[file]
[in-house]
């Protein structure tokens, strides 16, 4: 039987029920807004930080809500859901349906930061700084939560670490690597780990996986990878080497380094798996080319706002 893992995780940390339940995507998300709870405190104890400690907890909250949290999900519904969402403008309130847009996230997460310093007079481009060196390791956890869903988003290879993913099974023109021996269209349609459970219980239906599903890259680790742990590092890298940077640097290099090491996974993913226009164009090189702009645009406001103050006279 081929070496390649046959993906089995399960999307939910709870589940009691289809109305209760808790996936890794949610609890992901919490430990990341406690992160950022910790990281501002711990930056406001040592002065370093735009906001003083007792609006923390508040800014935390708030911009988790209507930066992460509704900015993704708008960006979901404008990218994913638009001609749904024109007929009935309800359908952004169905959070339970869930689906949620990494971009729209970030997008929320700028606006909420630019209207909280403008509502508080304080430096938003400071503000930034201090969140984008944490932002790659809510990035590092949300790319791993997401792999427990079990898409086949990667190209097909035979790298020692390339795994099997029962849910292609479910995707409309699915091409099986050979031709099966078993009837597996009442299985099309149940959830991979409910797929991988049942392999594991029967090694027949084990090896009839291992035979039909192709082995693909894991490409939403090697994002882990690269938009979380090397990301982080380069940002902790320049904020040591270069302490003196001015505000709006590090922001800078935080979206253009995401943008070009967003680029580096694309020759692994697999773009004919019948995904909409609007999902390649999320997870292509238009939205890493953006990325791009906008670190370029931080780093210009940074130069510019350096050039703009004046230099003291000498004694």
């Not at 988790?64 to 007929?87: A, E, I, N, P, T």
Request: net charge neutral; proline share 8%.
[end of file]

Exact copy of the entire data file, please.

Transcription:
[in-house]
């Protein structure tokens, strides 16, 4: 039987029920807004930080809500859901349906930061700084939560670490690597780990996986990878080497380094798996080319706002 893992995780940390339940995507998300709870405190104890400690907890909250949290999900519904969402403008309130847009996230997460310093007079481009060196390791956890869903988003290879993913099974023109021996269209349609459970219980239906599903890259680790742990590092890298940077640097290099090491996974993913226009164009090189702009645009406001103050006279 081929070496390649046959993906089995399960999307939910709870589940009691289809109305209760808790996936890794949610609890992901919490430990990341406690992160950022910790990281501002711990930056406001040592002065370093735009906001003083007792609006923390508040800014935390708030911009988790209507930066992460509704900015993704708008960006979901404008990218994913638009001609749904024109007929009935309800359908952004169905959070339970869930689906949620990494971009729209970030997008929320700028606006909420630019209207909280403008509502508080304080430096938003400071503000930034201090969140984008944490932002790659809510990035590092949300790319791993997401792999427990079990898409086949990667190209097909035979790298020692390339795994099997029962849910292609479910995707409309699915091409099986050979031709099966078993009837597996009442299985099309149940959830991979409910797929991988049942392999594991029967090694027949084990090896009839291992035979039909192709082995693909894991490409939403090697994002882990690269938009979380090397990301982080380069940002902790320049904020040591270069302490003196001015505000709006590090922001800078935080979206253009995401943008070009967003680029580096694309020759692994697999773009004919019948995904909409609007999902390649999320997870292509238009939205890493953006990325791009906008670190370029931080780093210009940074130069510019350096050039703009004046230099003291000498004694």
């Not at 988790?64 to 007929?87: A, E, I, N, P, T």
Request: net charge neutral; proline share 8%.